ANTIOXIDANT FOR ELECTROLYTE MEMBRANE OF FUEL CELL AND METHOD FOR PREPARING THE SAME

Disclosed is an antioxidant for a polymer electrolyte membrane of a fuel cell including cerium hydrogen phosphate (CeHPO4). The presence of cerium hydrogen phosphate in the antioxidant enhances the dissolution stability of cerium and improves the ability to capture water, leading to an increase in proton conductivity. In addition, the cerium hydrogen phosphate has a crystal structure composed of smaller cerium particles. This crystal structure greatly improves the ability of the antioxidant to prevent oxidation of the electrolyte membrane. Also disclosed are an electrolyte membrane including the antioxidant, a fuel cell including the electrolyte membrane, a method for preparing the antioxidant, a method for producing the electrolyte membrane, and a method for fabricating the fuel cell.

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Description
CROSS-REFERENCE TO RELATED APPLICATIONS

This application claims priority under 35 U.S.C. § 119 to Korean Patent Application No. 10-2020-0087465 filed on Jul. 15, 2020 in the Korean Intellectual Property Office, the disclosure of which is incorporated herein by reference in its entirety.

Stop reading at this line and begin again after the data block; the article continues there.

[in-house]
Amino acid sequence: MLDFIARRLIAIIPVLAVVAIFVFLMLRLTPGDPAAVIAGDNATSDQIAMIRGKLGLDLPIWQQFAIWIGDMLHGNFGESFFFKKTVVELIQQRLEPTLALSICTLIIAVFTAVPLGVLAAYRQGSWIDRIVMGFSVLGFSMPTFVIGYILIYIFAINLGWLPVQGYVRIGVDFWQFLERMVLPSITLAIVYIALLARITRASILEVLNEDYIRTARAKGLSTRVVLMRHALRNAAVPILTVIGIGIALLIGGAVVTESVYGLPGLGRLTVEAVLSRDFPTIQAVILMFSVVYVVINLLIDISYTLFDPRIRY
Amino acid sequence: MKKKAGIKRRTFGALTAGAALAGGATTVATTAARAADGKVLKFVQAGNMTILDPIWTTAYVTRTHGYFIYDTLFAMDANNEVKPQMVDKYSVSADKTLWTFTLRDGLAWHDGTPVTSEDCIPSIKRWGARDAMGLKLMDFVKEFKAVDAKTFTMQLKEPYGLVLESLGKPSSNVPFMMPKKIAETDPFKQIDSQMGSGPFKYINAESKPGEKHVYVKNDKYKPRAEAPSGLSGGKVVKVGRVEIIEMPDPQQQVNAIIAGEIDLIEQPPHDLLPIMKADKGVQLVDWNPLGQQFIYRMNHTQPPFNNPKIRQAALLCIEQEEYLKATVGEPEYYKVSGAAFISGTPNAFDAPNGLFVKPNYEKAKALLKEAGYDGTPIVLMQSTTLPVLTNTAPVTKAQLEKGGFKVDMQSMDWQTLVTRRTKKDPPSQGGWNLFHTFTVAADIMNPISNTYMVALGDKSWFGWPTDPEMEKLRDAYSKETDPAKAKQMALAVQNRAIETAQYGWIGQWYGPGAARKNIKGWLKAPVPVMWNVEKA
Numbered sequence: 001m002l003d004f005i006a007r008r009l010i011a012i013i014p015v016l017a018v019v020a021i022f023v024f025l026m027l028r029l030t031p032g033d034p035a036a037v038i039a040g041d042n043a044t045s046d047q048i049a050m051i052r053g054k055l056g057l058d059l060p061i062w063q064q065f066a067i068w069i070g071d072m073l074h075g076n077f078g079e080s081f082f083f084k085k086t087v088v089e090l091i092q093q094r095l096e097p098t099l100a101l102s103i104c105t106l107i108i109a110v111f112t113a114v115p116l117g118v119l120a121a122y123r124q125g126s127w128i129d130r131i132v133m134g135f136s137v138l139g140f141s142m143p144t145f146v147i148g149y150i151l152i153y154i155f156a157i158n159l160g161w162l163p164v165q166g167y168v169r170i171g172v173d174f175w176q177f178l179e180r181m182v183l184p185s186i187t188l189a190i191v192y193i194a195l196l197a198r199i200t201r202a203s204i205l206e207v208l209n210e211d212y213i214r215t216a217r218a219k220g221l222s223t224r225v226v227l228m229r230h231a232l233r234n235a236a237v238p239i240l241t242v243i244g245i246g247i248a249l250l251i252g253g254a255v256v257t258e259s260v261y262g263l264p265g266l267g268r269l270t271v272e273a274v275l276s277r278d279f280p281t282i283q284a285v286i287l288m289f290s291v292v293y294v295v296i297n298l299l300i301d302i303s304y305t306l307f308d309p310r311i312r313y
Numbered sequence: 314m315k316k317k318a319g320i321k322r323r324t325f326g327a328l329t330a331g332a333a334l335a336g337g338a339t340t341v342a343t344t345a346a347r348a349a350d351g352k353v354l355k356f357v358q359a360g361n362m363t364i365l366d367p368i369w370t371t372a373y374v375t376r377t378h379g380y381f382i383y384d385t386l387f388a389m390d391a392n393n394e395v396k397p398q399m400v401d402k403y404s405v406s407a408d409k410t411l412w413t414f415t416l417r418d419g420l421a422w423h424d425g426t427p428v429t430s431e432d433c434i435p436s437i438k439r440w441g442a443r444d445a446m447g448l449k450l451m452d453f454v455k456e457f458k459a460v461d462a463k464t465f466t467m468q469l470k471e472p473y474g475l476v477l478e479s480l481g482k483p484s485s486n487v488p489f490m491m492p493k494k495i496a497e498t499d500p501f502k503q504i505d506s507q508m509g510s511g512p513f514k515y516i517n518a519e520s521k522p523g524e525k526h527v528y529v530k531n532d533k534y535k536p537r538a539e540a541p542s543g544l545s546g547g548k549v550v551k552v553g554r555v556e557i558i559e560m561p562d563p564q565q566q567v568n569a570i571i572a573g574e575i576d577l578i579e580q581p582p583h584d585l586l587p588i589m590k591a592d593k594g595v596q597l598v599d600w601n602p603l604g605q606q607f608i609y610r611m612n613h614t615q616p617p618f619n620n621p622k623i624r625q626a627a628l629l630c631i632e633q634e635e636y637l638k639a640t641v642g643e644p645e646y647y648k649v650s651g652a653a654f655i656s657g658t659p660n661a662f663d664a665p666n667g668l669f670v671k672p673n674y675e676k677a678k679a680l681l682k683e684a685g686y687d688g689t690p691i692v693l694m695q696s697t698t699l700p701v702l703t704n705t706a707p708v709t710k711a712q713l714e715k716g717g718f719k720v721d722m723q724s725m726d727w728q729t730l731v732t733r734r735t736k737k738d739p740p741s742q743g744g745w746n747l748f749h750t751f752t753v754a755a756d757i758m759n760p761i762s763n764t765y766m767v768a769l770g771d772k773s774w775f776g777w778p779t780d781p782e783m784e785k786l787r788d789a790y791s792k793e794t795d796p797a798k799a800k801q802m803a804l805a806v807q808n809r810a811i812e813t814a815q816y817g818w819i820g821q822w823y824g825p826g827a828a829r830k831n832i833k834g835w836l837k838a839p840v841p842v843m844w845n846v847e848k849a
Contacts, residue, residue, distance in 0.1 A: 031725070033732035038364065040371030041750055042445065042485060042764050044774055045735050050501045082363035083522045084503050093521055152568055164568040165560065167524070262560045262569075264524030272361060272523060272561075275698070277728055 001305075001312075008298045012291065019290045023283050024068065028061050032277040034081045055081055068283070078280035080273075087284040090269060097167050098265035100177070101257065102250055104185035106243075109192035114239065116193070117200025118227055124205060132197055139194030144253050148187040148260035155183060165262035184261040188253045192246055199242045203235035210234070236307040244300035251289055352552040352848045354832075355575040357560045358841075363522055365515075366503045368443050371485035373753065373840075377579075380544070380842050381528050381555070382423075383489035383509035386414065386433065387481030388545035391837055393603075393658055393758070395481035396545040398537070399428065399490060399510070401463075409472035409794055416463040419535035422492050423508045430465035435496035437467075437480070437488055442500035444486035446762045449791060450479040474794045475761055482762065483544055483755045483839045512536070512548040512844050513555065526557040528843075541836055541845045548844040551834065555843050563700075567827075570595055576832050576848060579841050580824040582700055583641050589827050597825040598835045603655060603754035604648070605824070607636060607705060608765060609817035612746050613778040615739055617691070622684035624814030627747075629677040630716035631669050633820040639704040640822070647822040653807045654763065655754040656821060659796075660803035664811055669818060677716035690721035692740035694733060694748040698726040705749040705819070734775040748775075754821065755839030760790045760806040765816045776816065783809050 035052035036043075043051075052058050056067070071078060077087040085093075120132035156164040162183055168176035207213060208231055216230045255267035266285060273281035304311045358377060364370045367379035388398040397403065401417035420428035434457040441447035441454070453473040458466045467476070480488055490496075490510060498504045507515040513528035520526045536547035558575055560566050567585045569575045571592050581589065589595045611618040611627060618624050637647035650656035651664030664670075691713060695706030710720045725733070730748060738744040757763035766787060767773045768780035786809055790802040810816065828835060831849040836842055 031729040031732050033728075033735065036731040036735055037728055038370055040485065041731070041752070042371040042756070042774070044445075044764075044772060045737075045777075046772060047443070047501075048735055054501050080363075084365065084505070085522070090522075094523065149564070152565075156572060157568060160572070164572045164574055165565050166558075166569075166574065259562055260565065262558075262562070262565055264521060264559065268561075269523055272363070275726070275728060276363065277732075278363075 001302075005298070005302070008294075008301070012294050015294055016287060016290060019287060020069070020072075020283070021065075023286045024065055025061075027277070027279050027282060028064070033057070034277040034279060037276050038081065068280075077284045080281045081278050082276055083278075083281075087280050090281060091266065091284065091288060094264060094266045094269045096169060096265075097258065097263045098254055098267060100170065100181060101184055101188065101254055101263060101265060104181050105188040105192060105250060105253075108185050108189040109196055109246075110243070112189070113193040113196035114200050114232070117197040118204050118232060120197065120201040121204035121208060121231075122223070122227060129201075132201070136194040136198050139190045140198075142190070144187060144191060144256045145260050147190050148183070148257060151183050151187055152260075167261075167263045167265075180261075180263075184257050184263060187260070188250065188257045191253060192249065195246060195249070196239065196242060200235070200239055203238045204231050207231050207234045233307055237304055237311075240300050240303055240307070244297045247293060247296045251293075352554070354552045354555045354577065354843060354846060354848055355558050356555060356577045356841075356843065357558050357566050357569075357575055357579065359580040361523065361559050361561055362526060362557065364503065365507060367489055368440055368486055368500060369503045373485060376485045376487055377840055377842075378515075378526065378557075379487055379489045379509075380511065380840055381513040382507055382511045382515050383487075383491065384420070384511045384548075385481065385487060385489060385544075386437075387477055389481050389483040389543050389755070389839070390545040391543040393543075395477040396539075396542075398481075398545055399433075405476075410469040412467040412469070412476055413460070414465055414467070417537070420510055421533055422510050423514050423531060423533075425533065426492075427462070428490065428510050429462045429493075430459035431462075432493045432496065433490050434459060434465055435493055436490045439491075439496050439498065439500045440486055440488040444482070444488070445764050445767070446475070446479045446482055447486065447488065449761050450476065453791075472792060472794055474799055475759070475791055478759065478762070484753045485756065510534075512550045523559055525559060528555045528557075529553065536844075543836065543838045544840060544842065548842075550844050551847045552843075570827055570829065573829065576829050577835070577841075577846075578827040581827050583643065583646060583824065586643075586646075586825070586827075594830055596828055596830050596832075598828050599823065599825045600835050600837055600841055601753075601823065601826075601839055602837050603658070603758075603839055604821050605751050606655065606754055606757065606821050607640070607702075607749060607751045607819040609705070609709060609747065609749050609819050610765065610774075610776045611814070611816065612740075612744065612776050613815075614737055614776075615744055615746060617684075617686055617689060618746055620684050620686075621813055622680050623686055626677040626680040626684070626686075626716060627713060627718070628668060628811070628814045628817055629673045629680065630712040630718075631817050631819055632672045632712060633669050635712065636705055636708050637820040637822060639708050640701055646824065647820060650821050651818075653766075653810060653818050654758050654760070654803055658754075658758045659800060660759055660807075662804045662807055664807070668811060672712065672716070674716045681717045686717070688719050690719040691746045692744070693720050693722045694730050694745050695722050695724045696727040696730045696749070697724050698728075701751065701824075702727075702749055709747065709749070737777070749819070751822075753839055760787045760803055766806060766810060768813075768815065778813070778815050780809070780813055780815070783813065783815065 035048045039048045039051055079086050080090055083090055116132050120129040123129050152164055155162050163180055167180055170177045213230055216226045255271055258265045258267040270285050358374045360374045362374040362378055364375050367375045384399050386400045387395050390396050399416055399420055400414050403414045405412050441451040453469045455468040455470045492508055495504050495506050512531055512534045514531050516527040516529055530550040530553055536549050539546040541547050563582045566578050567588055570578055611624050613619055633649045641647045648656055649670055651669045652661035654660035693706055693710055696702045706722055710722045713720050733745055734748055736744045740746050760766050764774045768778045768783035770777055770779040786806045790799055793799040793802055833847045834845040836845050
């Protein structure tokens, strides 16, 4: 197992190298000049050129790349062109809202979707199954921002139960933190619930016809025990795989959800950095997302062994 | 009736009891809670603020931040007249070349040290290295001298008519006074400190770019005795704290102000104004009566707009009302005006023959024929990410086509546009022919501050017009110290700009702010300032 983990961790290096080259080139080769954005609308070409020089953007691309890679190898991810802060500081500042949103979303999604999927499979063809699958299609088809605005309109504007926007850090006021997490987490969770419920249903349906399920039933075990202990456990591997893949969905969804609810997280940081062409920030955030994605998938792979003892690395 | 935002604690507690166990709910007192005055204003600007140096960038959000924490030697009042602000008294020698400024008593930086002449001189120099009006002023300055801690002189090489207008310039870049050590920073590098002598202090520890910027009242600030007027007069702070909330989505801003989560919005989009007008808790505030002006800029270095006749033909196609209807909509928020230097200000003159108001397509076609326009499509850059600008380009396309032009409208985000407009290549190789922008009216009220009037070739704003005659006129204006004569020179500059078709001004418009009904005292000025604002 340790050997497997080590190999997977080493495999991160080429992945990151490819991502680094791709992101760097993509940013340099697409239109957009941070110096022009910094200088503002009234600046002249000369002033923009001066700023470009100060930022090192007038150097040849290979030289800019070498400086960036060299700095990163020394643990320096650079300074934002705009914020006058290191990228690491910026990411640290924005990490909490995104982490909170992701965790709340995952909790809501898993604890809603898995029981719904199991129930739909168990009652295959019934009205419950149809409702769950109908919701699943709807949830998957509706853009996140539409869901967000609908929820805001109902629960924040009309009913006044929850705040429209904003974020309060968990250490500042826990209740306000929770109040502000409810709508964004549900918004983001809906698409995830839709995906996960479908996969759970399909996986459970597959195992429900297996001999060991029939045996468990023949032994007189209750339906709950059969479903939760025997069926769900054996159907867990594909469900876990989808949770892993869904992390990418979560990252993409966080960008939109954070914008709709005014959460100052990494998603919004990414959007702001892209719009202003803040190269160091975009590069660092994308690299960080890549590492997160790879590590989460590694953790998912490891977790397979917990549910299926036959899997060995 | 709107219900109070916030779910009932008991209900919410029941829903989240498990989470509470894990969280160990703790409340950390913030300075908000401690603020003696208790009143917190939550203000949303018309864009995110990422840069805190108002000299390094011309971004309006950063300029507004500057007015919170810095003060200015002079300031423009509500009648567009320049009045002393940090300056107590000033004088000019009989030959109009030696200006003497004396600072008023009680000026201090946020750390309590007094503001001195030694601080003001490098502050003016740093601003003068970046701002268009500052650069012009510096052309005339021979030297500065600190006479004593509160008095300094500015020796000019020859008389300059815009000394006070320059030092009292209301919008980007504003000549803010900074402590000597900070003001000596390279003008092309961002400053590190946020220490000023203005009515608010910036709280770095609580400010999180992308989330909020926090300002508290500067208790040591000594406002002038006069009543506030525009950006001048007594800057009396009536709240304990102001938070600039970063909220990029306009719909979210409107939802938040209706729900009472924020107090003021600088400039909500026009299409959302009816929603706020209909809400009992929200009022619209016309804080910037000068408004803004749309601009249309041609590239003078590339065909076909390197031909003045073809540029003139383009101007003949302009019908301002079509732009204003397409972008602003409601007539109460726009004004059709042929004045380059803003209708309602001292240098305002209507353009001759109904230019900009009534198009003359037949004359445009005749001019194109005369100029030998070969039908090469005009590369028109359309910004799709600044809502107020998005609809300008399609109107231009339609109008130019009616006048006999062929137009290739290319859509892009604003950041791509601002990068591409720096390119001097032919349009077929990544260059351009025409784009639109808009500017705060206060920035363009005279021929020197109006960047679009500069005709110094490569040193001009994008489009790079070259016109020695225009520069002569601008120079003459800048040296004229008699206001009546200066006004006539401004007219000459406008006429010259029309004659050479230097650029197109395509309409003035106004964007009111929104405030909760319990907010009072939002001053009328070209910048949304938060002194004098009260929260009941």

BACKGROUND OF THE INVENTION 1. Field of the Invention

The present invention relates to an antioxidant for an electrolyte membrane of a fuel cell, an electrolyte membrane including the antioxidant, a fuel cell including the electrolyte membrane, a method for preparing the antioxidant, a method for producing the electrolyte membrane, and a method for fabricating the fuel cell. More specifically, the present invention relates to an antioxidant that can be loaded into an electrolyte membrane of a fuel cell to improve the durability and conductivity of the electrolyte membrane, an electrolyte membrane including the antioxidant, a fuel cell including the electrolyte membrane, a method for preparing the antioxidant, a method for producing the electrolyte membrane, and a method for fabricating the fuel cell.

2. Description of the Related Art

Polymer electrolyte membrane fuel cells (PEMFCs) are generally used for automotive applications. For high output performance of such polymer electrolyte membrane fuel cells, polymer electrolyte membranes should be able to stably operate over a wide range of current densities.

In a typical fuel cell, hydrogen and oxygen in air as reactant gases crossover through an electrolyte membrane to promote the production of hydrogen peroxide (HOOH). The hydrogen peroxide produces oxygen-containing radicals such as hydroxyl (OH) and hydroperoxyl (OOH) radicals. These radicals attack the perfluorosulfonated electrolyte membrane to cause chemical degradation of the membrane, resulting in poor durability of the fuel cell.